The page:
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urbiman

Member since Mar 2016 • Last active Feb 2017
  • 1 conversations
  • 11 comments

Most recent activity

    • 8 comments
    • 1,148 views
  • in General
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    Thanks @Wilberforce , can you maybe point me to a list or other source where I can find the area where the code is stored?

  • in General
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    @Ducky you are completely right, this is exactly what I would like to achieve. Any hints?

  • in General
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    Is there any way to bake JavaScript into the firmware so it gets flashed with the firmware? I mean a JavaScript that gets executed after startup of the chip just like if I would have transferred it using the IDE?

  • in JavaScript
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    My JavaScript is based on the wsx.js from the first post here which should be widely identical to the current ws.js available from the espruino site so it is compatible to what is in place now. Just give me a few days as I would like to further improve the http handshake as it could still fail under certain circumstances and I would like to add support for larger messages (more than 127 chars).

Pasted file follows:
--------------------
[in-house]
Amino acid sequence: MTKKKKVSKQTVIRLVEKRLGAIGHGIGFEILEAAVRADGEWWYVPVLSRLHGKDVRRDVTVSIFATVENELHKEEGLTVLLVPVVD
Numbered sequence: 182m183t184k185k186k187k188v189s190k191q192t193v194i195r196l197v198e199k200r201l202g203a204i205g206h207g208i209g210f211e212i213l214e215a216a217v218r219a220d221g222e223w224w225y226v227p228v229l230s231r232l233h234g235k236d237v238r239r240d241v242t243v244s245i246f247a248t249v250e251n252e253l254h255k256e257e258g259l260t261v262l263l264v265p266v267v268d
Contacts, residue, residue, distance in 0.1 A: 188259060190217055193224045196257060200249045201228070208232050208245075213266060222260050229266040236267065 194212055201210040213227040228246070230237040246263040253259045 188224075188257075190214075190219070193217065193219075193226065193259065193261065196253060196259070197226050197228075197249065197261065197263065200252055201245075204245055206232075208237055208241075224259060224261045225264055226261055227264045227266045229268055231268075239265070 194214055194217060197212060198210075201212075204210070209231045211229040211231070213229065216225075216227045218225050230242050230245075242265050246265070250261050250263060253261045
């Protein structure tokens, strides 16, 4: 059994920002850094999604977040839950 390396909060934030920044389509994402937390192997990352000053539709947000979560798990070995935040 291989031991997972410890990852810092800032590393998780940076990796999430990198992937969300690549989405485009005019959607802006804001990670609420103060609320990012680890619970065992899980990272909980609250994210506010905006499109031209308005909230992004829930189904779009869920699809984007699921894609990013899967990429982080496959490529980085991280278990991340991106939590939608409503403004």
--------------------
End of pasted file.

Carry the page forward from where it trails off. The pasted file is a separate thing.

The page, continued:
• in JavaScript
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    Ok, I fixed it myself. The reason why the code was disconnecting all the time when using cloudflare was the following: The handshake was transmitted in two chunks (each chunk has a wrapped around it here):

    <DATA>HTTP/1.1 101 Switching Protocols
    Date: Sun, 08 May 2016 08:59:10 GMT
    Connection: upgrade
    Set-Cookie: __cfduid=xxx; expires=Mon, 08-May-17 08:59:10 GMT; path=/; domain=.urbiworx.de; HttpOnly
    Upgrade: websocket
    Sec-WebSocket-</DATA>
    <DATA>Accept: HSmrc0sMlYUkAGmm5OPpG2HaGWk=
    Server: cloudflare-nginx
    CF-RAY: 29fbb6cda43e26d2-FRA
    </DATA>
    

    So what happend here was, that during the handshake one data packet was received with an "H" at the beginning (first chunk) that did not contain the "Accept" Header (that is in the second chunk) and so was interpreted as WS message. "H" in hexadecimal is "48" which is the worst that could happen as it means opcode "8" - terminate connection.

    I now changed the code accordingly so that chunks do not get interpreted as message as long as the handshake is not finished.
    It is not yet implemented optimal right now however it works much better than before.

  • in JavaScript
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    I had problems getting WS to work with the latest nodejs ws version (1.1.0) as a server.

    The trick for me was to add a "return" statement in the first if block of the "parseData" method (roughly line 117 of wsx.js) to prevent the other statements to execute and produce unexpected results in some cases. After I did this change the connection was not directly terminated any longer.

    My ultimate goal is to get it running together with cloudflare (as they now support websocket connections in free plans).
    I did some changes that significantly improved the behaviour:

    Added the hostname to the handshake (otherwise reverseproxies can not handle the request)